Before I respond let me state this, when I use the term “whole person” I’m not saying you have to be perfect. Instead, I’m referring to having a full and meaningful life while uncoupled and when you are in a relationship your partner will be adding to your satisfied life.

There’s’ no one-size-fits-all to be a whole person but there are things you can do to work towards creating that foundation. Here are a few ways to explore.

When you are a whole person:

  • You’re capable of making yourself happy/creating your own happy moments.

  • You don’t rely on others to tell you what to do because you are surer of yourself. (I think it’s fine to get advice for important decisions but the final decision has to come from you)

  • You trust your ability to choose what is right for you.

  • You genuinely accept and love who you are, yet you’re still open to being loved by others.

  • You’re secure in knowing that if you were to be alone because of a breakup, you’d be capable of picking up the pieces and moving forward.

  • You have your own interests.

  • You maintain a strong sense of individuality.

  • You’re in a space of wanting a man, not needing one.

  • You take full responsibility for being satisfied in life.

  • You know how to practice self-compassion.

  • You know the difference between creating a connection versus an unhealthy dependency.

  • You’re capable of relying on your own resources to fulfill various needs.

This is what I want for you, to have a healthy, fulfilling, long-term relationship where you feel whole, independent and secure.

Working on being a whole person whether you’re in a relationship or not is a great example of practicing self-love in action. Therefore I want to ask you to take some time to explore your feelings around being whole as it pertains to your intimate relationship.  We have to be more consciously responsible and intentional with the energetic space we’re working from when looking to be in a relationship.

Here’s a new perspective on this notion that another person completes you:

You are a complete and whole person without a relationship. It takes two fairly whole people (because no one is ever all the way together) to make one happy, healthy and whole relationship.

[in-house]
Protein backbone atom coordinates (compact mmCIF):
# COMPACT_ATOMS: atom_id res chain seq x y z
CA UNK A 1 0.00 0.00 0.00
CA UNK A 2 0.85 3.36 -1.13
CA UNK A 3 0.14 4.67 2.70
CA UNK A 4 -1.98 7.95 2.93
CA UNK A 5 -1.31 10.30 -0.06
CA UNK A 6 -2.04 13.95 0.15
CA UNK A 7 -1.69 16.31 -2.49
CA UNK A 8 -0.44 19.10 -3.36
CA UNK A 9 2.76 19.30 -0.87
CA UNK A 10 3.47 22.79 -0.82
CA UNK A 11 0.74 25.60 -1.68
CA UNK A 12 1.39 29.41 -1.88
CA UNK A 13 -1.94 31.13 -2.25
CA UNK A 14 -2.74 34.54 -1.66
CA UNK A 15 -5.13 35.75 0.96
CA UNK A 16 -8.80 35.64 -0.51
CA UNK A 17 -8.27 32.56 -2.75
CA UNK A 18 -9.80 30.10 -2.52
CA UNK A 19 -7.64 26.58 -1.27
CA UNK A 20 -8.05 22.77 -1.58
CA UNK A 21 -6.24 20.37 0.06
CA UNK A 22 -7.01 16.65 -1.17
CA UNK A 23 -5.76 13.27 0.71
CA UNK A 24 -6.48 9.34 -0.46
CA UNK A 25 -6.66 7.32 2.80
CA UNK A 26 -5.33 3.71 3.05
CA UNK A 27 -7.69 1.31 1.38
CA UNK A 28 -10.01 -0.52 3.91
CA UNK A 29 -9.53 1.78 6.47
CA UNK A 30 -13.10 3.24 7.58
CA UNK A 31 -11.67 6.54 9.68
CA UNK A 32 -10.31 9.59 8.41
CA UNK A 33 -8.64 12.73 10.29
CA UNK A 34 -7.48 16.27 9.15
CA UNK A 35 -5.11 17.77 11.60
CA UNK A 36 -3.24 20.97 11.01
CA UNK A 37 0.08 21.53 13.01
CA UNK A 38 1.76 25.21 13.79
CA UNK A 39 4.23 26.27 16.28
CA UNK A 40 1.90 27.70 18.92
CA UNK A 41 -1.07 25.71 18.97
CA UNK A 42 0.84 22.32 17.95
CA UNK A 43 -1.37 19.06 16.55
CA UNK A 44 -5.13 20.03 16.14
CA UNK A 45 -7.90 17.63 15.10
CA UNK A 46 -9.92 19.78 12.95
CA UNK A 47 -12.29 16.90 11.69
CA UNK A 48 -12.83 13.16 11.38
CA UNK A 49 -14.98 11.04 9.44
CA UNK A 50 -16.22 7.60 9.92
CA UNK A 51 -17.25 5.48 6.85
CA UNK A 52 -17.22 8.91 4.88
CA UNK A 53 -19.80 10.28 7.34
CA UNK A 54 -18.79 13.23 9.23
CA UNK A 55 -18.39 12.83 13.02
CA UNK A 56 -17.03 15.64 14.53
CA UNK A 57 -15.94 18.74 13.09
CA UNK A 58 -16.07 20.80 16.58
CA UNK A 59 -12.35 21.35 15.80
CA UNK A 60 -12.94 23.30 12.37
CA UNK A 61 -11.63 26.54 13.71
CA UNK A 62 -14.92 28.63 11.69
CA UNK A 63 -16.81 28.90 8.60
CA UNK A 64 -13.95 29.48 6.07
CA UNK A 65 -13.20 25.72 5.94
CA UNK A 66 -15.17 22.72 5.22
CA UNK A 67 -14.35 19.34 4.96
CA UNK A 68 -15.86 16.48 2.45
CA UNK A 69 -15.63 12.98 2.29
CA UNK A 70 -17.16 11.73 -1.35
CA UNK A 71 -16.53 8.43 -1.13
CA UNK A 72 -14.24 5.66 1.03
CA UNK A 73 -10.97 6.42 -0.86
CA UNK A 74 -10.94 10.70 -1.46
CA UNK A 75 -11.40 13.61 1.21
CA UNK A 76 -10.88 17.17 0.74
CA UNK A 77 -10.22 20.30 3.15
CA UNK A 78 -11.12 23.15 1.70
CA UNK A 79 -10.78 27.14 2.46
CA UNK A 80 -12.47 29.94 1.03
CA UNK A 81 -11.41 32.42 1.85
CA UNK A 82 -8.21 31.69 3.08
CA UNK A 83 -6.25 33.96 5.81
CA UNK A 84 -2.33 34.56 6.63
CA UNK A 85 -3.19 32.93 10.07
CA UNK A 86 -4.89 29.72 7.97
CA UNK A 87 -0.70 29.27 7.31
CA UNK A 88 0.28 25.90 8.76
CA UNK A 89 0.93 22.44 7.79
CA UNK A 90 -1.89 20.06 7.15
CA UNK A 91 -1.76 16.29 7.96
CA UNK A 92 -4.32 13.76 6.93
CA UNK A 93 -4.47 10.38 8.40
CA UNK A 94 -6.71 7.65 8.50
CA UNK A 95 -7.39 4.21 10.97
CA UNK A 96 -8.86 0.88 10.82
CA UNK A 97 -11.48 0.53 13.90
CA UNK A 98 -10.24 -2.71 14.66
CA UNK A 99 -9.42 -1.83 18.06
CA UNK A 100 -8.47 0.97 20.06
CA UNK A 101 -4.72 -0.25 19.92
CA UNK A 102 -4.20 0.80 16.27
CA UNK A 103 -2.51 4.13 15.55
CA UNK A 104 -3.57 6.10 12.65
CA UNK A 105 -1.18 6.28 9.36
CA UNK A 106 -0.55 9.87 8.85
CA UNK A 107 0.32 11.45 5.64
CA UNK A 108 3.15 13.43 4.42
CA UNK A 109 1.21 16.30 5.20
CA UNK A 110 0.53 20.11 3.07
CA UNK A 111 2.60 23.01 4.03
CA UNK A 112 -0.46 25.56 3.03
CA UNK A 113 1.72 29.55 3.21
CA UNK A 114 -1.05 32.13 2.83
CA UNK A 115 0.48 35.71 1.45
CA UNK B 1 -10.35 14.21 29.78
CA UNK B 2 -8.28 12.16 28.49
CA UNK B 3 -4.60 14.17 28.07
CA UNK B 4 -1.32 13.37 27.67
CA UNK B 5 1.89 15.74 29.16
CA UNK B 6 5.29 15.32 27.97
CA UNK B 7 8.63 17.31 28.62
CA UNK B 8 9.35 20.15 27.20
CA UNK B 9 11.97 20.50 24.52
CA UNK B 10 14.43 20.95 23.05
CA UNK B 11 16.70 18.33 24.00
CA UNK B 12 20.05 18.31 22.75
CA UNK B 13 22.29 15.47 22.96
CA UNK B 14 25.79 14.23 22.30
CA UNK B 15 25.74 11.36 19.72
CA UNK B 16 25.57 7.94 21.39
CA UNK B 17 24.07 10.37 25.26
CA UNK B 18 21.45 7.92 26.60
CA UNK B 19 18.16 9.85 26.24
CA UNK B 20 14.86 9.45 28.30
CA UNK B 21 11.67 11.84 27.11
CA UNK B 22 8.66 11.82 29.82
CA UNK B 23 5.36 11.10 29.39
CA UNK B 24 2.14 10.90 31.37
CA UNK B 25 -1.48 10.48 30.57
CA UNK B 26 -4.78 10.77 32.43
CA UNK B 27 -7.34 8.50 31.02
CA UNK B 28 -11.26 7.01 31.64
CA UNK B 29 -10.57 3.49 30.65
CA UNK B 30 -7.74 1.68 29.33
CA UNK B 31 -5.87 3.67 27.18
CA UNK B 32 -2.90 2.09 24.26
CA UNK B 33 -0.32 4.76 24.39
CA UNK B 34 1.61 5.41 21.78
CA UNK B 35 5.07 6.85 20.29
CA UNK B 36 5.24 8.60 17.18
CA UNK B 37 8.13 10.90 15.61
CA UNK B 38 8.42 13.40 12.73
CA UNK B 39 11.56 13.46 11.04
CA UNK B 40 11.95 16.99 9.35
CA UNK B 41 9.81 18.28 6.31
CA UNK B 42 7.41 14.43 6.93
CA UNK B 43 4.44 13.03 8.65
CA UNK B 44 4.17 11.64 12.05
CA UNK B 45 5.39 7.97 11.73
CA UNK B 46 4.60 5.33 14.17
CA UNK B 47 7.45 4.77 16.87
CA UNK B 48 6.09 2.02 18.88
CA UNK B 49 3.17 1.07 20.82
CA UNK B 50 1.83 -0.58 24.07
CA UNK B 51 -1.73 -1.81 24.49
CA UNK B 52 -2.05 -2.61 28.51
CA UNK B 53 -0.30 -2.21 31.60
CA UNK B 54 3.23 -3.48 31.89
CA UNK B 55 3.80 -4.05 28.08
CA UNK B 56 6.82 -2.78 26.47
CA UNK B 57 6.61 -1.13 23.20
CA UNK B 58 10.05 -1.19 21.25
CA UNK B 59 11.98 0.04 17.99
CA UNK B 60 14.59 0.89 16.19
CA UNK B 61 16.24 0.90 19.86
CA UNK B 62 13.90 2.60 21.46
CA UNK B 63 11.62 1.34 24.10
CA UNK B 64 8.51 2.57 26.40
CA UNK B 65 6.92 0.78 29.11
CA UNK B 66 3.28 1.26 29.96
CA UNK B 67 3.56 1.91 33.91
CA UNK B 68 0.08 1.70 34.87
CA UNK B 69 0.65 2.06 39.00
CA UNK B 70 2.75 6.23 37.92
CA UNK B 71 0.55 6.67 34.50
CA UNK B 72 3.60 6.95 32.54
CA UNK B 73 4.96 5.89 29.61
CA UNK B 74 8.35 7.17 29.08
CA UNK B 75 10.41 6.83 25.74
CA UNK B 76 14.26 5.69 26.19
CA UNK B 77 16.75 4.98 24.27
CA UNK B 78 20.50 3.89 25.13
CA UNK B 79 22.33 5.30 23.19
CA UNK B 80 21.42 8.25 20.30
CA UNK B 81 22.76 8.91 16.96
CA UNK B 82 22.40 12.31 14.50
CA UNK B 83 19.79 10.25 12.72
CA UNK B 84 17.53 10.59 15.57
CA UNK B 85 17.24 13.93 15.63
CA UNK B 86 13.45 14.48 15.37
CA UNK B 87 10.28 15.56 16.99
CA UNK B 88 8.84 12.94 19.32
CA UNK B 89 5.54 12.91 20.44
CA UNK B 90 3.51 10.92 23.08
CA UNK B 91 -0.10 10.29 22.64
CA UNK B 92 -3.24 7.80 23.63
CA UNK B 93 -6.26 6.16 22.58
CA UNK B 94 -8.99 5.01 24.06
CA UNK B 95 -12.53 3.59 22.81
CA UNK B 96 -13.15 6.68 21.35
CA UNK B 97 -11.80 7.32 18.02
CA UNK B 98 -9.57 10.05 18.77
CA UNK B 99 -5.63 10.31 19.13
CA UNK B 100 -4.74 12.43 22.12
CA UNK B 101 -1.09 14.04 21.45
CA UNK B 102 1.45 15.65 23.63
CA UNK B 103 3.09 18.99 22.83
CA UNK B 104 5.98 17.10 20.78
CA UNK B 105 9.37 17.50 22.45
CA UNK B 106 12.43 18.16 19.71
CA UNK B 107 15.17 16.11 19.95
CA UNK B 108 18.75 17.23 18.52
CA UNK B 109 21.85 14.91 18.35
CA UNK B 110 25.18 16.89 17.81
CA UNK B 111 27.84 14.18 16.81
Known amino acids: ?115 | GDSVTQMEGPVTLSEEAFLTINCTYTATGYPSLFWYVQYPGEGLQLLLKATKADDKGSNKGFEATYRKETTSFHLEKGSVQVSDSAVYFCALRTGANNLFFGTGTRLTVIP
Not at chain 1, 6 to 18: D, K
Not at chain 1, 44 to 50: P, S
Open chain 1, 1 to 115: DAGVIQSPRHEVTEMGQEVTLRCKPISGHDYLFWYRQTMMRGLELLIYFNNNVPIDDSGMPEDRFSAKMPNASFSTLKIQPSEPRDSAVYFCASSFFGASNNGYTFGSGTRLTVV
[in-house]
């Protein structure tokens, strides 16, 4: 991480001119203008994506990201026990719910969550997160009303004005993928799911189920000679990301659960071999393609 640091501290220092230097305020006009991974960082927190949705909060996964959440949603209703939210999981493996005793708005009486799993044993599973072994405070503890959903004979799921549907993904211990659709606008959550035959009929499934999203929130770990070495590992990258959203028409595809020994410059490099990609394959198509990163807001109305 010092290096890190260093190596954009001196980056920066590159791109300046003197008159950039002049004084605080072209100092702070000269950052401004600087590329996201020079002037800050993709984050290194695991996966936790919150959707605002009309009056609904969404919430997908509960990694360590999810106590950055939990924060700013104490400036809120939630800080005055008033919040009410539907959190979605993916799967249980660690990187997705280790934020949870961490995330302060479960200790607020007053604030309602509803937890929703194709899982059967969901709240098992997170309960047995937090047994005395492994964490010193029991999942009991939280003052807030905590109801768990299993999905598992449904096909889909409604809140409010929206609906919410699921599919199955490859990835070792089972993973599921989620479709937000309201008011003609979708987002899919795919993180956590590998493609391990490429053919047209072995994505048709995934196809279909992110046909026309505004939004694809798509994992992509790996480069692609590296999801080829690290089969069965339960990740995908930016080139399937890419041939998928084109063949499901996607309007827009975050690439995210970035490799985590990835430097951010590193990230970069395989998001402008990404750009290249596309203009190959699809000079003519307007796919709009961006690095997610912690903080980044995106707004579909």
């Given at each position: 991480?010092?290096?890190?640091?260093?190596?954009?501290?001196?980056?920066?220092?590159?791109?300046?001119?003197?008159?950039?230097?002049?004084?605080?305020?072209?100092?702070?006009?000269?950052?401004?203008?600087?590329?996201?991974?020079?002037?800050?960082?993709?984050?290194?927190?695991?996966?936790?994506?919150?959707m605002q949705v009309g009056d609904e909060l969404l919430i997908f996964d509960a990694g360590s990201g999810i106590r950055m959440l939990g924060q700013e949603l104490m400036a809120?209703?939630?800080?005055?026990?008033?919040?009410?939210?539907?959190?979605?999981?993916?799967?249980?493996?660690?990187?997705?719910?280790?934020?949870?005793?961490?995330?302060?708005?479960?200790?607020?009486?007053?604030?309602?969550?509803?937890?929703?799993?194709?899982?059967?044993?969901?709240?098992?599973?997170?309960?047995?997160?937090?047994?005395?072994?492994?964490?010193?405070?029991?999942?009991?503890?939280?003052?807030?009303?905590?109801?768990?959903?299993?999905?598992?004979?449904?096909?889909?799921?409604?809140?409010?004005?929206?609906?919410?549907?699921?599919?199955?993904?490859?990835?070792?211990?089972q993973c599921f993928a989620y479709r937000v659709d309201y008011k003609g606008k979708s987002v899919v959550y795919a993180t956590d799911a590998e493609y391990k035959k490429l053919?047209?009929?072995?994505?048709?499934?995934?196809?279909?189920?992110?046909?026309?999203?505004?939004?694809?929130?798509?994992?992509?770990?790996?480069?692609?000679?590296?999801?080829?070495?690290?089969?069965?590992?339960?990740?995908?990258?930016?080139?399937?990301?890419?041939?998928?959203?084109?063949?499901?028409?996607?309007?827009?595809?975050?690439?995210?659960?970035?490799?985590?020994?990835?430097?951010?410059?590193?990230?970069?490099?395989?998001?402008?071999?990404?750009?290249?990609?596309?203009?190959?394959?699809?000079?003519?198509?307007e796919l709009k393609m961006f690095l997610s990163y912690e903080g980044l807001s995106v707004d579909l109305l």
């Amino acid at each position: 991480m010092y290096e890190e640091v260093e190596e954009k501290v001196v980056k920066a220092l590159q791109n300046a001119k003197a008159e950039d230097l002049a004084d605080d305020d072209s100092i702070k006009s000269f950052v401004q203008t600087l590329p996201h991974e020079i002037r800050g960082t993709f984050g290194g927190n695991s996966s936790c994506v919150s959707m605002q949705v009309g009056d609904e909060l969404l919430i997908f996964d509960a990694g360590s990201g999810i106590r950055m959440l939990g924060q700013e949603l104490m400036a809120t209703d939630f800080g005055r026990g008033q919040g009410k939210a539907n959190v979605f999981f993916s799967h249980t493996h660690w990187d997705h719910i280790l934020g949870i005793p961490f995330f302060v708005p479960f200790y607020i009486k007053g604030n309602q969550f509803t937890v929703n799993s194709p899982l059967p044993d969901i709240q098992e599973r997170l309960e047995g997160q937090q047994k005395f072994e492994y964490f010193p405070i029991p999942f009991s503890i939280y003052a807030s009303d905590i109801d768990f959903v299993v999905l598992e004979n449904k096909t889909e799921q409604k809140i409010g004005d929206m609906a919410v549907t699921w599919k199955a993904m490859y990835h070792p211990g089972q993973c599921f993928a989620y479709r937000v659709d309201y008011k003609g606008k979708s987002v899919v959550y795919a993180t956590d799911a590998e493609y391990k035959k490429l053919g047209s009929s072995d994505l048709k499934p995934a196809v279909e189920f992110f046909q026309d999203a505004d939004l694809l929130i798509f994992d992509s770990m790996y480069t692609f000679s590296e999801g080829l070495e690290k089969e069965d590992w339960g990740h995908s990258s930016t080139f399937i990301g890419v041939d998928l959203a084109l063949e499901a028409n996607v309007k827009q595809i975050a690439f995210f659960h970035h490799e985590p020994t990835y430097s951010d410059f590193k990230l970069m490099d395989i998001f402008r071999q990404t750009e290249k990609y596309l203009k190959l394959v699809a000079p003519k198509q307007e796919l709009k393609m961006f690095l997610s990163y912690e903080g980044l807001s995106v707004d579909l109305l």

I want to leave you with a poem from Rupi Kaur’s poetry book, Milk and Honey that radiates the confidence of a whole person:

“i do not want to have you

to fill the empty parts of me

i want to be full on my own

i want to be so complete

i could light a whole city

and then

i want to have you

cause the two of us combined

could set it on fire”

Explore the questions I presented and let me know your thoughts.

Here’s to your wholeness.


About the Contributor

MoniqueHalleyContributor[thephoenixrisingcollective]1Monique Allison is a Relationship Clarity Coach. Her personal experience, observation, and insight gained over the years allows her to help women release unhealthy relationships and heal from broken ones in order to love again from a more self-loving and authentic space. She is also the mother of 10-year-old son, Pharaoh. Monique’s background/experience is in the nonprofit sector working for United Way of Metropolitan Atlanta (UWMA) for 13 years; holding the position as the Quality Assurance Manager. She has achieved a B.A. in Psychology from Clark Atlanta University, is AIRS Certified as an Information & Referral Specialist, attained a Creative Writer Certificate from Kennesaw State University. Monique has also taught life skills to young adults for two years. Learn more about Monique’s work helping women build healthy relationships HERE.

Read more of Monique’s articles at The Phoenix Rising Collective.

Join the Collective on Instagram and Facebook.


1 Comment

2 Ways to Gain Clarity in Your Relationships

Gaining Clarity in Your Relationships[The Phoenix Rising Collective]

“Some form of fear and confusion holds us back from making the decision to leave our unhappy relationship. We second-guess ourselves or we hold on to the thread of hope that things will change. And eventually, we settle, and we accept acquiescence as our only reasonable option.”  -Monique Allison [From ebook: Releasing That Relationship: Gaining Clarity from The Heartbreak of a Breakup or Divorce that Nearly Broke Your Spirit]

 A simple definition of “Confusion”: the state of being bewildered or unclear in one’s mind about something. In other words – a state of not knowing.